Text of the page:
On May 25, 2020 George Floyd was murdered by a police officer charged with protecting and serving the city of Minneapolis, Minnesota. This killing was broadcasted by a bystander and the entire world caught its breath for eight minutes and forty-six seconds as the life seeped out of George Floyd’s eyes.
Almost a year later, the City of Minneapolis has agreed to pay $27 million to the family of George Floyd in a settlement. This settlement was decided on the fourth day of jury selection for the case against Derek Chauvin, accused of second degree murder for the death of George Floyd. There has been speculation on whether the jury has been too tainted with videos of the death, ongoing protests, and news of the settlement to make an unbiased decision. It is possible that these factors will result in a mistrial.
A third and final result of May 25 is culminating this month, as the George Floyd Justice in Policing Act of 2020 was passed by the democrat controlled House of Representatives and is being considered by the Senate. This bill aims to “hold law enforcement accountable for misconduct in court, improve transparency through data collection, and reform police training and policies.”
Nonetheless, the bill includes within it $750 million in funding for “Law Enforcement Grants” for police departments across the country. The bill stipulates that this funding should go toward law enforcement agencies investigating other law enforcement agencies for “the alleged use of deadly force”. Additionally, this bill requires only 5% of grant funding be put toward studying and implementing “effective management, training, recruiting, hiring, and oversight standards and programs to promote effective community and problem solving strategies for law enforcement agencies”.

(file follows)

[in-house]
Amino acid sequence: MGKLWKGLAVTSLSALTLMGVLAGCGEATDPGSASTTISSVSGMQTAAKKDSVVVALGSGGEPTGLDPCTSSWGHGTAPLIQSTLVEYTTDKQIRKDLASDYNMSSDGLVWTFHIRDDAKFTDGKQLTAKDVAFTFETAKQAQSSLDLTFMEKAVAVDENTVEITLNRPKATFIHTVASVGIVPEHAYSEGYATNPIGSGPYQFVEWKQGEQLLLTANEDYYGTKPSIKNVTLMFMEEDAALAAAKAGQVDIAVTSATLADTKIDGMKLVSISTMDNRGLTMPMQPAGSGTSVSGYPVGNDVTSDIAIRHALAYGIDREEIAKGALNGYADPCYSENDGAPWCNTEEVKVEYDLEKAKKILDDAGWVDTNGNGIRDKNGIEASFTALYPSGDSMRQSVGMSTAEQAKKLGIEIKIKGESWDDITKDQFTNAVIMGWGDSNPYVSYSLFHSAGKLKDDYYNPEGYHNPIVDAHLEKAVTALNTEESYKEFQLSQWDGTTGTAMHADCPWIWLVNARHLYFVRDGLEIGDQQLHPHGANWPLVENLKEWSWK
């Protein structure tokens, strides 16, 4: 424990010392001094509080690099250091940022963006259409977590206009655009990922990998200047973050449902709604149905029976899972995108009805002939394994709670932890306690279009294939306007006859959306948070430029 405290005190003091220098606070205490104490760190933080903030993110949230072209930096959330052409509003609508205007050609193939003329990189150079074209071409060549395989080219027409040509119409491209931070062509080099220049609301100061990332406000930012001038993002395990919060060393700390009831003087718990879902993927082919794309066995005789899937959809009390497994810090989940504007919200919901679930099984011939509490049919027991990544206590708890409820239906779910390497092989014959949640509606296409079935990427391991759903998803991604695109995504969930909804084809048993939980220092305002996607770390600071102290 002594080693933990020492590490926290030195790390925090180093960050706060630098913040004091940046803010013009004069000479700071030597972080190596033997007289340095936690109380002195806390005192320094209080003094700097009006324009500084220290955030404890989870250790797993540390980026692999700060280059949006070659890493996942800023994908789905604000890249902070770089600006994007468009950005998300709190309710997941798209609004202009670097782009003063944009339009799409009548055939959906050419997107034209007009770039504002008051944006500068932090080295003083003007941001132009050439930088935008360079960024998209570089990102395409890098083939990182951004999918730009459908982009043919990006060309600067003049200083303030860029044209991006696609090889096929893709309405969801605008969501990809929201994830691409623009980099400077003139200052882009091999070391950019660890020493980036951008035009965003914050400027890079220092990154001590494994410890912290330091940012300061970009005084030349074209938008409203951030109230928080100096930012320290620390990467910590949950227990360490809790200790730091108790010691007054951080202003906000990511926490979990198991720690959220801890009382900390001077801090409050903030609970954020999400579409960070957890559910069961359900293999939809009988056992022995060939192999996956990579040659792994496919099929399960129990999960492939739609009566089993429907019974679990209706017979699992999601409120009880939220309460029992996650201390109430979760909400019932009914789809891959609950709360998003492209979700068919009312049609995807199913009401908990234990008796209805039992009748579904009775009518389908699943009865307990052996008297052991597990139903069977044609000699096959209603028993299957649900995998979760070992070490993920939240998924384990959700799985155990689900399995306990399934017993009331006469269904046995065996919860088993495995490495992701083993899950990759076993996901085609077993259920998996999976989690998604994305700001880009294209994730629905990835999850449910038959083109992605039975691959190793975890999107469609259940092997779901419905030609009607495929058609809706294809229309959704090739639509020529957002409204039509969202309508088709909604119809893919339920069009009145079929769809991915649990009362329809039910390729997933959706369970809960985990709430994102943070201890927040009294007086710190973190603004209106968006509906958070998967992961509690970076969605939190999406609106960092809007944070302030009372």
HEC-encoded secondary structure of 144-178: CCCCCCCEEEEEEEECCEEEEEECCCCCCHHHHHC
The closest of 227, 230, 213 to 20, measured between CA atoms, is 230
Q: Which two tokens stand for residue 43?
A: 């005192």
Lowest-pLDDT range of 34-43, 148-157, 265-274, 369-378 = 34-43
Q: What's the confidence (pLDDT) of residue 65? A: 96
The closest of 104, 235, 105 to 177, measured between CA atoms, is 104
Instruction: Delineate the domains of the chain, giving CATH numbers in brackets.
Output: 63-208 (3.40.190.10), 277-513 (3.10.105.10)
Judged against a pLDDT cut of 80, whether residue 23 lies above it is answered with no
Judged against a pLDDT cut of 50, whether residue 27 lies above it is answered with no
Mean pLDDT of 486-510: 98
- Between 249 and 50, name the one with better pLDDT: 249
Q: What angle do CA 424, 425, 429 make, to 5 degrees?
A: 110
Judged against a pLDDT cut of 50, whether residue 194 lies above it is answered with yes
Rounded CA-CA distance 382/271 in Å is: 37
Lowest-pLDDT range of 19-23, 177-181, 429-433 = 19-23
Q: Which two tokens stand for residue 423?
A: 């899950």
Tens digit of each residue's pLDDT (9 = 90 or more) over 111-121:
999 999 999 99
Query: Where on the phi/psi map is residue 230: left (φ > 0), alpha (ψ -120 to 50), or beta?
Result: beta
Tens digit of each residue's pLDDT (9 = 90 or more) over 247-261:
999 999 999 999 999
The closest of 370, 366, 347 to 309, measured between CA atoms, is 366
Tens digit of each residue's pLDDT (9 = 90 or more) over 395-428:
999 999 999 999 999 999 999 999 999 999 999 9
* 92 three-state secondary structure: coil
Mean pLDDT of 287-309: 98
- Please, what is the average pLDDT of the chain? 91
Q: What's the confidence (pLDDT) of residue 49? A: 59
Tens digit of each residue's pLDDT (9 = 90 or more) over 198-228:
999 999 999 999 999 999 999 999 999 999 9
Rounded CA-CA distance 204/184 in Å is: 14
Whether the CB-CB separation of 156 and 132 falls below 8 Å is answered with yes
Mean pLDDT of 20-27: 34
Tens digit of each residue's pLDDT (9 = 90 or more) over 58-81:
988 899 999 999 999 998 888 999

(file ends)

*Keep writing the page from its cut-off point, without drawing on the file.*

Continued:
In effect, this bill falls woefully short from the accountability demanded by Black Lives Matter protesters across the country this summer and now. Instead, this bill increases federal law enforcement funding with effectively no guidance as to how that funding should be spent.
This bill is a disgrace to the names of George Floyd and every Black American who has died at the hands of those who are charged with the duty to “protect and serve”.
Beyond the colossal insult, this series of events sends a loud and clear message as to what our leaders’ priorities are. Our elected officials have no interest in substantial or sustainable reform of the law enforcement and criminal justice system. In fact, over-policing and mass incarceration has functioned exactly as it was supposed to, and no majority of democrats or republicans will sway this special interest.
By awarding the Floyd family a gracious sum and passing a bill which increases law enforcement funding two messages have been made clear. First, the government is willing to publically appease the family of a victim of this oppressive system in order to reinforce systemic oppression. Second, the people’s voice does not matter.
Over the summer it is estimated 15 to 26 million people across the nation grabbed signs and sneakers to march for their, and their neighbors, right to life and liberty. For reference, the state of Pennsylvania holds 12.8 million residents. These protests were considered the largest in U.S. history. This estimate does not include the millions of people who, for health, safety, economic, and a slew of other reasons, could not join this fight but stood with the protesters nonetheless.
However, when it came to the elected representatives of these millions of people making into law the pleads of their constituents, they were met with devastating silence. There is something fundamentally wrong with a democracy which does not listen to the will of its people. There is something fundamentally wrong with a democracy which does not protect the life and liberty of its citizens.
Sources: Congress.gov, NY Times